40. 40. In which layer of the atmosphere is the “jet stream” located? a. Stratosphere b. Ionosphere c. Tropopause d. Exosphere
  41. 41. In which layer of the atmosphere is the “jet stream” located? a. Stratosphere b. Ionosphere c. Tropopause d. Exosphere
  42. 42. THE EARTH THE STRATOSPHERE 30 MILES The stratosphere lies just above the tropopause and extends to an altitude of about 30 miles. There is almost no weather here due to the thin air and few clouds.
  43. 43. Stratosphere The region of the upper atmosphere extending upward from the tropopause to about 30 miles (50 km) above the Earth, characterized by little vertical change in temperature (a fairly constant -40 to -50 °F)
  44. 44. Modern commercial airlines seek to fly in the stratosphere when not using the jet stream because there is so much less air resistance. This makes for better fuel mileage, little turbulence, and flight at top speeds.
  45. 45. Commercial airline pilots favor flying in the ________ because there is less air resistance and no turbulence. a. tropopause b. stratosphere c. ionosphere d. exosphere
  46. 46. Commercial airline pilots favor flying in the ________ because there is less air resistance and no turbulence. a. tropopause b. stratosphere c. ionosphere d. exosphere
  47. 47. 18,000 500 372 50 30 11 miles The ionosphere is an area of electrically charged ions lying above the stratosphere. It begins 30 - 40 miles up and extends to about 500 miles.
  48. 48. Ionosphere The region of the Earth’s atmosphere between the stratosphere and the exosphere, consisting of several ionized layers and extending from about 50 - 250 mi. (80 - 400 km) above the surface of the Earth
  49. 49. Ion An electrically charged atom or group of atoms formed by the loss or gain of one or more electrons
  50. 50. Disturbances from the Sun can cause changes in the ionosphere’s form. These magnetic and electrical storms cause the Northern Lights.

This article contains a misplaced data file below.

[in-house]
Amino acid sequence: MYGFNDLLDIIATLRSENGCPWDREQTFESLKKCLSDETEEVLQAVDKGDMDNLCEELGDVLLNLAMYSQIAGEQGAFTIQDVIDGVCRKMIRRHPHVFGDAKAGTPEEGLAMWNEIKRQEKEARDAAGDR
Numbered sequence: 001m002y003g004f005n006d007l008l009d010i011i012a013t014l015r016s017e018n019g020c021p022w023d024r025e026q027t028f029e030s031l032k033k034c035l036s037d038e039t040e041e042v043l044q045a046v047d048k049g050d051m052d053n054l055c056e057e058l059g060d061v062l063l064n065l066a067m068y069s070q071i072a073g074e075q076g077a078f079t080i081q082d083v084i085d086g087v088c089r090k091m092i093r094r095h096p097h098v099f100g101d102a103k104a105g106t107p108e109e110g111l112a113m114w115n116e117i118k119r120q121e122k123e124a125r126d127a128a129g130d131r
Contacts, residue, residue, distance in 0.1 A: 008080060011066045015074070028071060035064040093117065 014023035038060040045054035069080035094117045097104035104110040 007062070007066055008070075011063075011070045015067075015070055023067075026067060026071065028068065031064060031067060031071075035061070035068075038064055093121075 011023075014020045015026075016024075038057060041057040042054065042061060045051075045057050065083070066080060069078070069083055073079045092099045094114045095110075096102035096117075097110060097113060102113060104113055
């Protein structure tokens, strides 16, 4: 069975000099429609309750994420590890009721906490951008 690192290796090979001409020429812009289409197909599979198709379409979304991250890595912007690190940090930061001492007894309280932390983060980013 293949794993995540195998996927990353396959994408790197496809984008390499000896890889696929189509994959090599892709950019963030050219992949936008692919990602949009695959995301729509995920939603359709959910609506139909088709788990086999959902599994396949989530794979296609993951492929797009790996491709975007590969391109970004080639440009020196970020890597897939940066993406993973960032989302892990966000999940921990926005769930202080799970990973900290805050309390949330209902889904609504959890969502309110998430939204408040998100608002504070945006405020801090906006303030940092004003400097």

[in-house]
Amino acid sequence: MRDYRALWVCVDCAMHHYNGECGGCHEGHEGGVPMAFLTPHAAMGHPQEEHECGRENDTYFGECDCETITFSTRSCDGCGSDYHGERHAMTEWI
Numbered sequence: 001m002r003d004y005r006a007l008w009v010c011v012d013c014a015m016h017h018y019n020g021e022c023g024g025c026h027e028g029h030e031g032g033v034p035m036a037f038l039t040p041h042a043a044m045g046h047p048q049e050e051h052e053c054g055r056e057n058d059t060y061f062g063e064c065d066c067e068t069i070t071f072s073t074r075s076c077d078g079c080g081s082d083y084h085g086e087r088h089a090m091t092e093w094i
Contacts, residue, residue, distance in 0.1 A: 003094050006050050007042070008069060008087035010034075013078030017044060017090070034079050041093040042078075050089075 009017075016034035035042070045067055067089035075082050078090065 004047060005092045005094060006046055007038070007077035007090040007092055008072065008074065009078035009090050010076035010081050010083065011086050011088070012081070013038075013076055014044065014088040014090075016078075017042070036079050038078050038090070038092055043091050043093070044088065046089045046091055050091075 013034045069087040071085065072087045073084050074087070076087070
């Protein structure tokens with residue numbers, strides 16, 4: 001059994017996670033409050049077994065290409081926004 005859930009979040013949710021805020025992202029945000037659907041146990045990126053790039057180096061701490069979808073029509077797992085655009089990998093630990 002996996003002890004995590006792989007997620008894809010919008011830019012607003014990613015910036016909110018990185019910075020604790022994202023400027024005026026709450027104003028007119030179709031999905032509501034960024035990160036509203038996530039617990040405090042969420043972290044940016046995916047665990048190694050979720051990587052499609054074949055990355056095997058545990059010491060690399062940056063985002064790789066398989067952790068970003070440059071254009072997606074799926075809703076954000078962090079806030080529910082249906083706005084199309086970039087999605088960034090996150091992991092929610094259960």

51. 51. The ionosphere will reflect radio waves of certain frequencies. By determining the best frequencies and times of day to transmit messages, communications are greatly enhanced.
  52. 52. THE 11 MILES EARTH THE MESOSPHERE 30 MILES The lowest level of the ionosphere, the mesosphere, extends from 30 - 50 miles above the Earth. Temperatures range from a high of 32 °F to a low of minus 100 °F.
  53. 53. Mesosphere The region between the ionosphere and the exosphere, extending from about 30 - 50 mi. above the surface of the Earth
  54. 54. THE EARTH THE THERMOSPHERE 322 MILES The thermosphere is the highest layer of the ionosphere. The principal radio reflecting layers are here. Temperatures in the thermosphere may reach 1,700 °F at 300 miles up.
  55. 55. Thermosphere The region of the upper atmosphere in which temperature increases continuously with altitude, encompassing essentially all of the atmosphere above the mesosphere
  56. 56. 18,000 372 50 30 11 miles Starting below and extending into the ionosphere is the chemosphere (ozone layer). It begins at about 15 miles up and shields the Earth from the harmful ultraviolet rays of the Sun.
  57. 57. Chemosphere The region of the atmosphere most characterized by chemical, especially photochemical activity, starting in the stratosphere and including the mesosphere and perhaps part of the thermosphere
  58. 58. Ozone Layer The layer of the upper atmosphere where most atmospheric ozone is concentrated, from about 8 - 30 mi. (12 - 48 km) above the Earth, with the maximum ozone concentration occurring at an altitude of about 12 mi. (19 km.)
  59. 59. The ozone layer is being depleted by fluorocarbons used as propellants for aerosol cans and refrigerants used for air conditioning systems.
  60. 60. Fluorocarbons Any of a class of compounds produced by substituting fluorine for hydrogen in a hydrocarbon, and characterized by great chemical stability: used chiefly as a lubricant, refrigerant, fire extinguishing agent, and in industrial and other applications in which chemical, electrical, flame, and heat resistance is essential; banned as an aerosol propellant in the U.S. because of concern about ozone layer depletion
  61. 61. Propellant A compressed inert gas that serves to dispense the contents of an aerosol container when the pressure is released
  62. 62. The ozone layer shields the Earth from the harmful ultraviolet rays of the Sun. Another name for this layer is the _________. a. chemosphere b. thermosphere c. mesosphere d. exosphere
  63. 63. The ozone layer shields the Earth from the harmful ultraviolet rays of the Sun. Another name for this layer is the _________. a. chemosphere b. thermosphere c. mesosphere d. exosphere
  64. 64. The exosphere begins about 500 miles above the Earth’s surface and continues out about 18,000 18,000 miles. Only light hydrogen and helium atoms exist because of intense cosmic radiation. Temperatures may range from 4,500 °F to near absolute zero.
  65. 65. Exosphere The highest region of the atmosphere, where the air density is so low that a fast-moving air molecule is more than 50 percent likely to escape from the atmosphere instead of hitting other molecules